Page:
The use of stone materials in cultural heritage and architecture represents a practice that has its roots in ancient times. Stone buildings, depending on the construction materials and their location in the urban context, are particularly vulnerable to weathering phenomena. These can be often accelerated by changes in environmental conditions linked mostly to the anthropic activities. In this way, the present work is addressed on the minero-petrographic and geochemical characterisation of samples taken from the built historical heritage in Cairo (Egypt), related to seven monumental areas. These sites have been chosen based on their historical importance, type of material, state of preservation and position in the Cairo context. The construction materials used and their degradation products were studied comparing the results obtained by means of different analytical techniques such as polarised light optical microscopy (POM), ion chromatography (IC), Fourier transform infrared spectroscopy (FT-IR) and the carbonaceous fraction, detected by using the thermogravimetry (TG). The results achieved demonstrated that black crusts and salt crystallisation represent the most common and damaging degradation products affecting all the monumental sites. Moreover, the environmental pollution produced by industrial activities and vehicular traffic has been identified as the main cause of these processes, followed by a marginal contribution of natural sources such as the sea spray. The data collected provide useful information to plan efficient conservation strategies in the future.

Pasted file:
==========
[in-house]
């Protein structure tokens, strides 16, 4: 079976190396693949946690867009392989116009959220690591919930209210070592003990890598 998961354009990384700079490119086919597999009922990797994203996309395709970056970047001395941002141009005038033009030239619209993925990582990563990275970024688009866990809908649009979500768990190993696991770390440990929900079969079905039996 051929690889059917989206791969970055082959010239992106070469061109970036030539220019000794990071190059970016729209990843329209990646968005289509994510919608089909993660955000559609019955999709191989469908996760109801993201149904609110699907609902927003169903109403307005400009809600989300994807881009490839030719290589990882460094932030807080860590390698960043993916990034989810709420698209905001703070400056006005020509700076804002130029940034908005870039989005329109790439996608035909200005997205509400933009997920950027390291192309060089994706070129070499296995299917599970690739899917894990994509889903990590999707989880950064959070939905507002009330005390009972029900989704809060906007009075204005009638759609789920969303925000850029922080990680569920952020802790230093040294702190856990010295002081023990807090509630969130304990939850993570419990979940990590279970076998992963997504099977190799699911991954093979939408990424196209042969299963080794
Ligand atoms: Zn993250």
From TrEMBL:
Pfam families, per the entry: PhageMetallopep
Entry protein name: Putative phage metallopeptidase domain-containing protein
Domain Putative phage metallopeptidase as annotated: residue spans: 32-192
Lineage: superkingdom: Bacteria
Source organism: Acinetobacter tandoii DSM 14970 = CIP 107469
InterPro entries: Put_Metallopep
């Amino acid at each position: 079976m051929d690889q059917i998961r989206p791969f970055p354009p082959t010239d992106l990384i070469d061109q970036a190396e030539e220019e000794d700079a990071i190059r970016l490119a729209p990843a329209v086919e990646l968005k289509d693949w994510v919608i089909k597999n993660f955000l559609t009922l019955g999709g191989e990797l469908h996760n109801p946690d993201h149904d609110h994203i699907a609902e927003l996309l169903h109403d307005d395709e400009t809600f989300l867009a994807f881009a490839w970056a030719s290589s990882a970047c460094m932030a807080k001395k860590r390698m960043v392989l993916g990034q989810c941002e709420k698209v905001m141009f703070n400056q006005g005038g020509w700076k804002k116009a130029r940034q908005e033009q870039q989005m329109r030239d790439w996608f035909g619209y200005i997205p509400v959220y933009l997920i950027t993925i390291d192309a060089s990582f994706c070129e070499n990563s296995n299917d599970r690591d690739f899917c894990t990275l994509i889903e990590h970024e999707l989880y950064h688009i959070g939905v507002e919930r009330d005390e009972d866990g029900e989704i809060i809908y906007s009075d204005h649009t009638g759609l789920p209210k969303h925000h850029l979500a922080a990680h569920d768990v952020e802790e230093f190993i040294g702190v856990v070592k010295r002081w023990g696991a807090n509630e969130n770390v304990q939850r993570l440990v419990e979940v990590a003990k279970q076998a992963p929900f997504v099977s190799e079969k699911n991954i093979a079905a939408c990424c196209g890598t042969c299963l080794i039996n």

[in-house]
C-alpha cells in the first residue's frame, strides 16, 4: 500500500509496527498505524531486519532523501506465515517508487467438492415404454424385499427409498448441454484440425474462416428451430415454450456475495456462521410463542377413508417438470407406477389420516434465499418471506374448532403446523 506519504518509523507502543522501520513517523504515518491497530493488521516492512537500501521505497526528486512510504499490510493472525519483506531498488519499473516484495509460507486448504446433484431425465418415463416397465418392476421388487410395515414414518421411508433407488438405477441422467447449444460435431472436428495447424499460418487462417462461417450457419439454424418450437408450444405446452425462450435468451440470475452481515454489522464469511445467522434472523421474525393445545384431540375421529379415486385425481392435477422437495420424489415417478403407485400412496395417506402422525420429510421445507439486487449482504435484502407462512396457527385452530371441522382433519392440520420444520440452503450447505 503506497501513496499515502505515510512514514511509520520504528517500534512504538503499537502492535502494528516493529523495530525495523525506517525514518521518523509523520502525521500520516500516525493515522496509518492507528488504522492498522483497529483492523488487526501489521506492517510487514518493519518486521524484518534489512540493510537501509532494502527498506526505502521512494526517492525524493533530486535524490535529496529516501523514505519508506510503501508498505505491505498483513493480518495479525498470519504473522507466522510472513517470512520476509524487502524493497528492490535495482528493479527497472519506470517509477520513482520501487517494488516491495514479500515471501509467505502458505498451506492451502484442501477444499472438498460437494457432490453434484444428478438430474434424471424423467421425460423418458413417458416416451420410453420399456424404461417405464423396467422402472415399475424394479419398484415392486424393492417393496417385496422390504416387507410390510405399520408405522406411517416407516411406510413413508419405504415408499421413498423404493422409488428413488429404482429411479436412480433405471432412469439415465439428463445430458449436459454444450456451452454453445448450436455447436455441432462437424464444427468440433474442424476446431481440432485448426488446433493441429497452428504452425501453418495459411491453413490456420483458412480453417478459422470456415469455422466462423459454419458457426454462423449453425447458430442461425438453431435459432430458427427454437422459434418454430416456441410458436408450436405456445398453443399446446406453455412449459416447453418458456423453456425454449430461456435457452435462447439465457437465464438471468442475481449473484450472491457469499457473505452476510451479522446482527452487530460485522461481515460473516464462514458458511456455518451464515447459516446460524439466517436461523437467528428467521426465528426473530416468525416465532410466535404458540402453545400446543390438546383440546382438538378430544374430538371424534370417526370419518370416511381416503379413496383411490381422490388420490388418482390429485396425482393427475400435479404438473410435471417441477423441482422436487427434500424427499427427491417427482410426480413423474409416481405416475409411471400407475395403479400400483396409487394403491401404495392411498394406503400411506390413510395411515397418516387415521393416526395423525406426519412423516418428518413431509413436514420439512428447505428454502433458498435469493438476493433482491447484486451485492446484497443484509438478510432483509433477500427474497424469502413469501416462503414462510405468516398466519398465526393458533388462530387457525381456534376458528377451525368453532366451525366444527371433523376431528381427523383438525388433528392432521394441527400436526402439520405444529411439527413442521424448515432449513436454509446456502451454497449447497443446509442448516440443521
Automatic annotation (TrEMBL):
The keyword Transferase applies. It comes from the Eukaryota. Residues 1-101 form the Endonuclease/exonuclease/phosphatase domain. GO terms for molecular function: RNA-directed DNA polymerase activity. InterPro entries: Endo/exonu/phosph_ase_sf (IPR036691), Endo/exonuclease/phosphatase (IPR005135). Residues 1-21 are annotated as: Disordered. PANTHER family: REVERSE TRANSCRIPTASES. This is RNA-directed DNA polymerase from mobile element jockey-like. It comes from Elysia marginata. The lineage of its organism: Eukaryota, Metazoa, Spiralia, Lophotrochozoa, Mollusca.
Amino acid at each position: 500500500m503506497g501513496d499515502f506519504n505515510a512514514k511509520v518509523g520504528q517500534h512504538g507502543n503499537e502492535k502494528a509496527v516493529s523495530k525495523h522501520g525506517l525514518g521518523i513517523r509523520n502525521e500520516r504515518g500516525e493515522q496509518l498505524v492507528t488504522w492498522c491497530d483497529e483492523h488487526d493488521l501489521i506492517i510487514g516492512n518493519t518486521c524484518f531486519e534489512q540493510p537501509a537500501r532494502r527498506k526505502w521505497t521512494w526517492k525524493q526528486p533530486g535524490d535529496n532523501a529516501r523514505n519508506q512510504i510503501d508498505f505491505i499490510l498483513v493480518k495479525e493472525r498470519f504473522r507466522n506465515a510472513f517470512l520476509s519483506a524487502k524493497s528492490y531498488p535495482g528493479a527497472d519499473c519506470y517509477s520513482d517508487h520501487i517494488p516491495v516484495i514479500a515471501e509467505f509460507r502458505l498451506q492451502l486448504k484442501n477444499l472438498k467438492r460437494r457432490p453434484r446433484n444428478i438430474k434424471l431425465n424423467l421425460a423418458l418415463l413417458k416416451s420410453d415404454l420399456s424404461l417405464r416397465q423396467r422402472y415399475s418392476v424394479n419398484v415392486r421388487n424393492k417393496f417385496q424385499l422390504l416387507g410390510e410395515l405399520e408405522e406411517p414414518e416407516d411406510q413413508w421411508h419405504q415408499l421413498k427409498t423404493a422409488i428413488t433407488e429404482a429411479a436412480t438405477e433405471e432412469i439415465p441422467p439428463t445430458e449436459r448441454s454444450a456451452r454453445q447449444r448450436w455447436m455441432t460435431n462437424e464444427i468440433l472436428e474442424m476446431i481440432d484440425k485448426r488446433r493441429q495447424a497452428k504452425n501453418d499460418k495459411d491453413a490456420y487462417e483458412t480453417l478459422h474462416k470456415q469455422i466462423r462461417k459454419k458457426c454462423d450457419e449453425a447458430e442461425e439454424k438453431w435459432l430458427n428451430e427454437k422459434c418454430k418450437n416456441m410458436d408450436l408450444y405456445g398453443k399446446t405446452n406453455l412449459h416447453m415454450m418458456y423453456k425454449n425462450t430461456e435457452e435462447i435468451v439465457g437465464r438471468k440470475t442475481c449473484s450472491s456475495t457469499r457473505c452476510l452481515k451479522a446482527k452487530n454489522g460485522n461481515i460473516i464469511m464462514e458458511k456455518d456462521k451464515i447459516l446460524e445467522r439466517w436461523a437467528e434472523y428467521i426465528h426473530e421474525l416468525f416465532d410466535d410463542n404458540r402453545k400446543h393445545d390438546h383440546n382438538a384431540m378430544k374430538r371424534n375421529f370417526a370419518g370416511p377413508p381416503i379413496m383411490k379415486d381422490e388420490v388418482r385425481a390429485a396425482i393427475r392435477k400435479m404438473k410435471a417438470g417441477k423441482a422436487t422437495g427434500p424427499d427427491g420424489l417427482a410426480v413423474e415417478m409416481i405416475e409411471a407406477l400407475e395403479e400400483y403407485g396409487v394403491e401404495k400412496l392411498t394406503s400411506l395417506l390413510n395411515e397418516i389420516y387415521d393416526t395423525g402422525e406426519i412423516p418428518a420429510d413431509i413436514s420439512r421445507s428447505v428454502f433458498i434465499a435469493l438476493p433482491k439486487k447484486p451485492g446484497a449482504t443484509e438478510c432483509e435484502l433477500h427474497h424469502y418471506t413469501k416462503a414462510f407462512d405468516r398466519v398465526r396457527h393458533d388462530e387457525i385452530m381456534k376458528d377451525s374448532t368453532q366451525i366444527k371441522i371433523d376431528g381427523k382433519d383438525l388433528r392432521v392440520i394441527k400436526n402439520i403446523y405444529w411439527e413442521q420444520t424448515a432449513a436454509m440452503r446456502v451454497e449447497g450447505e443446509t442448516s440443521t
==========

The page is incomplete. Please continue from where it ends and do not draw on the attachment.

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|Titolo:||A methodological approach to define the state of conservation of the stone materials used in the Cairo historical heritage (Egypt)|
|Data di pubblicazione:||2020|
|Appare nelle tipologie:||1.1 Articolo in rivista|